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Wednesday, January 13, 2016

Some Observations Regarding the "Making a Murderer" Documentary

I rarely comment here on anything but the Ramsey case. But from time to time, as with the Amanda Knox case, I find myself compelled to speak out in defense of justice. The murder of Teresa Halbach, as presented in the so-called documentary, "Making a Murderer," is such a case. I write "so-called" because this 10 part film, now available via Netflix, is not a documentary at all, but a propaganda film, shamelessly serving the interests of Avery's defense team. I'm reminded of the notorious A&E "documentary" put together by Michael Tracey to whitewash the Ramseys. What's particularly disturbing in both cases is the powerful influence of such films on the mind of the public. At some point in our history, it would seem, critical thinking seems to have been supplanted by media hype. So now we have a situation where literally millions of Americans are convinced that the conviction of a vicious rapist and murderer, practically caught in the act, is a travesty of justice performed by a conspiracy involving both corrupt police officials and the FBI. I can't cover everything that bothers me about this treatment of the case, but I'd like to share some pertinent observations:

1. To give credit where credit is due, the film does lay out many important aspects of the case, including much of the large body of evidence pointing to the accused. Where things go wrong is not with the presentation of the evidence (though certain key facts are omitted), but with the manner in which the defense team, the accused, and his family, are treated sympathetically and given far more time than the prosecution to express their views. Over and over again, to the point of sheer tedium, we hear Avery reminding us of how innocent he is and how he is once again being "set up" by the same people who unjustly prosecuted him in the earlier case. Over and over again, we see clips of his parents endlessly asserting the same thing, often in exactly the same words. Especially troubling is the inordinate length of time devoted to the many indignant comments and accusations on the part of Avery's two leading defense attorneys, sometimes bordering on paranoia, all too eager to employ methods of character assassination and guilt by innuendo reminiscent of the tactics of Joe McCarthy and his sidekick Roy Cohn during the "commie" witch hunts of the 50's.

2. While it's true that the authorities who initially prosecuted Avery must have been seriously embarrassed when he was exonerated, that observation can be balanced by the equally evident embarrassment of members of the "Innocence Project" and the many others who worked so hard to free him. If the authorities can be accused of bias based on their earlier failure, and the upcoming multi-million dollar lawsuit, the defense team can be accused of bias based on the difficulty of accepting that their poster boy could, in reality, have been a vicious, cold hearted killer all along. The film dwells on that first possibility, but has nothing to say about the second. If we peek beneath the film's slick surface, the unwillingness of the defense team and its supporters to accept that second possibility, in the face of overwhelming evidence, becomes painfully clear.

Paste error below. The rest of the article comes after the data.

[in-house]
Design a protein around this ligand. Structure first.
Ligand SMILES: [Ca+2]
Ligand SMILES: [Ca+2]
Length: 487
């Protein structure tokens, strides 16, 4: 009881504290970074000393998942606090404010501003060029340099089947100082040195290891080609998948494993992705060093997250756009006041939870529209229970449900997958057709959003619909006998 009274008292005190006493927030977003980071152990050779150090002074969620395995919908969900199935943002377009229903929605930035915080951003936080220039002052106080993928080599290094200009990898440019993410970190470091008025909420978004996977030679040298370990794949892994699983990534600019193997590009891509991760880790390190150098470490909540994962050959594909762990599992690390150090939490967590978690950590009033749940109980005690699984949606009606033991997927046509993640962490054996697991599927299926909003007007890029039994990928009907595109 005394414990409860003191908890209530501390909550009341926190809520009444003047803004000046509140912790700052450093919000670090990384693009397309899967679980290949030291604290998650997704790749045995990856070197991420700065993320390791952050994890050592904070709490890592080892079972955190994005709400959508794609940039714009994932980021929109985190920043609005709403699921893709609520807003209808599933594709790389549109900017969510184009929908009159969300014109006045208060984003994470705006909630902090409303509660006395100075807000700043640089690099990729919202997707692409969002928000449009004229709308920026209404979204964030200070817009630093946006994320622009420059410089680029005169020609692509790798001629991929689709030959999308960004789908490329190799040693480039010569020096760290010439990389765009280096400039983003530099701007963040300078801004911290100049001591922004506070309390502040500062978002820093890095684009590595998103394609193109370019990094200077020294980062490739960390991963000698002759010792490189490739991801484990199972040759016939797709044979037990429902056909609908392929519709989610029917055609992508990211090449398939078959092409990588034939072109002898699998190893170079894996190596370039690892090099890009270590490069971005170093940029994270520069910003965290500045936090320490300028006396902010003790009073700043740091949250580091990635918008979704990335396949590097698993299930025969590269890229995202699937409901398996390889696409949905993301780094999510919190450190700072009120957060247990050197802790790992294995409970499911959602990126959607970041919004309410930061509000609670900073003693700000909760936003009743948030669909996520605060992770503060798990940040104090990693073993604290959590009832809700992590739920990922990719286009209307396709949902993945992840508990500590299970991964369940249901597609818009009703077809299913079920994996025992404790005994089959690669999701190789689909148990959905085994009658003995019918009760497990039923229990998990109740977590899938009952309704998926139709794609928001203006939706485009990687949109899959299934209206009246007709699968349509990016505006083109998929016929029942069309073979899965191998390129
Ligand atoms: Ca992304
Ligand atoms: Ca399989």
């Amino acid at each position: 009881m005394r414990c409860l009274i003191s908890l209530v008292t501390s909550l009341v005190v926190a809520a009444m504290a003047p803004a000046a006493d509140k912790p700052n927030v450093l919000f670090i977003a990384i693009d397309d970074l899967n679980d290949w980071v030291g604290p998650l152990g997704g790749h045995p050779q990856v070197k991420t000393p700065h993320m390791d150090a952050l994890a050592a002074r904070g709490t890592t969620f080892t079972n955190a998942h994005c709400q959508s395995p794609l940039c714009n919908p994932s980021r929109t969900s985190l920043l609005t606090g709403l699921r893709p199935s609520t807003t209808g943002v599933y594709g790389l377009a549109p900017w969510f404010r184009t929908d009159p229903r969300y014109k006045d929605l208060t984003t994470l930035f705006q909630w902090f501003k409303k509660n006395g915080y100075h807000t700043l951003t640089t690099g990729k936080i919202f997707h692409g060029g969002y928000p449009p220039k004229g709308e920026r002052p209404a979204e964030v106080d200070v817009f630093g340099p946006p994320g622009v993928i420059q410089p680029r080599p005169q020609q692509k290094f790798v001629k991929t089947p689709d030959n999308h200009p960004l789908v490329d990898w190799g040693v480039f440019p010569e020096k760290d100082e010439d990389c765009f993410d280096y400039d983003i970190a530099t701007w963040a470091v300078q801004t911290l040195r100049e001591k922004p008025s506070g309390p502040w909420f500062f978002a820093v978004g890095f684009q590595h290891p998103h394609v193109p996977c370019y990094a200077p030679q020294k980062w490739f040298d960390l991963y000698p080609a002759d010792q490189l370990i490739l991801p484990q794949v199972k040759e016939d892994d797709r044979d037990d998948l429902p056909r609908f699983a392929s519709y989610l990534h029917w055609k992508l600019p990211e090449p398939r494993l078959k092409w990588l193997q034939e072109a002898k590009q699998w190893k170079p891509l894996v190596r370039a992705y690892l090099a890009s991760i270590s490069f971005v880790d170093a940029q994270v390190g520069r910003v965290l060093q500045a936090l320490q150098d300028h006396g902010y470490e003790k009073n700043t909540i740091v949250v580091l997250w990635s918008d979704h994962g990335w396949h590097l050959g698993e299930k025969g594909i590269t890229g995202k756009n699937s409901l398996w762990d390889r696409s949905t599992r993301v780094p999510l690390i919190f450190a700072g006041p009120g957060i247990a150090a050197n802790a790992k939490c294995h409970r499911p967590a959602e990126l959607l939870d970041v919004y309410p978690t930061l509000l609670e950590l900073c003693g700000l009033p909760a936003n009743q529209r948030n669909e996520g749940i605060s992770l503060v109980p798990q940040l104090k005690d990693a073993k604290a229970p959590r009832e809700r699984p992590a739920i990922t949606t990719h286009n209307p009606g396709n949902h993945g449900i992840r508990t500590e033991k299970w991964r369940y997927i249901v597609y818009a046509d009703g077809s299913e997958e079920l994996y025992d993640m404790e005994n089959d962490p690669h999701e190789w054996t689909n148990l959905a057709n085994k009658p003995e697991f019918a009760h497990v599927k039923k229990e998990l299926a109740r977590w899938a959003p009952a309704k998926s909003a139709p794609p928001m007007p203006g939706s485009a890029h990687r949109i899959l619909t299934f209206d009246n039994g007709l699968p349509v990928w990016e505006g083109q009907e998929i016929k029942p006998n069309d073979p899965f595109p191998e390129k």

3. We're continually reminded by the defense that there is no physical evidence linking Avery to the crime, no fingerprints, no DNA, no blood, etc. Isn't it "obvious" that the victim's blood and DNA would be all over the crime scene if the prosecution scenario is to be believed? Well, if it were so obvious, then the case could easily have been refuted by the defense, who could easily have convinced the judge to toss out the case, or the jury to find the defendant not guilty. That didn't happen, so we have to ask ourselves: why? Are these people really that stupid? Or are they "in on the plot"?

I'm not sure what the prosecution theory was, and since the film doesn't show us the entire trial (thank God), I can only speculate on what might have happened. Teresa could have been lured into Avery's trailer, then struck over the head and temporarily knocked out. She could then have been carried to Avery's bed and bound so she'd be helpless. Since this would obviously have been a planned assault, he may well have prepared the bed with several layers of sheets, possibly covering the mattress with a plastic sheet. After the sexual assault, she was apparently stabbed and her throat slit (according to Brendan Dassey's account, which I'll deal with presently). That would have produced a lot of blood certainly. But Avery would not have been so foolish as to let blood spatter all over the floor. Since he would have had plenty of time to plan in advance, he could have made sure the floor was covered with a tarp or something similar -- or else just made sure to channel the blood so it remained on the sheets.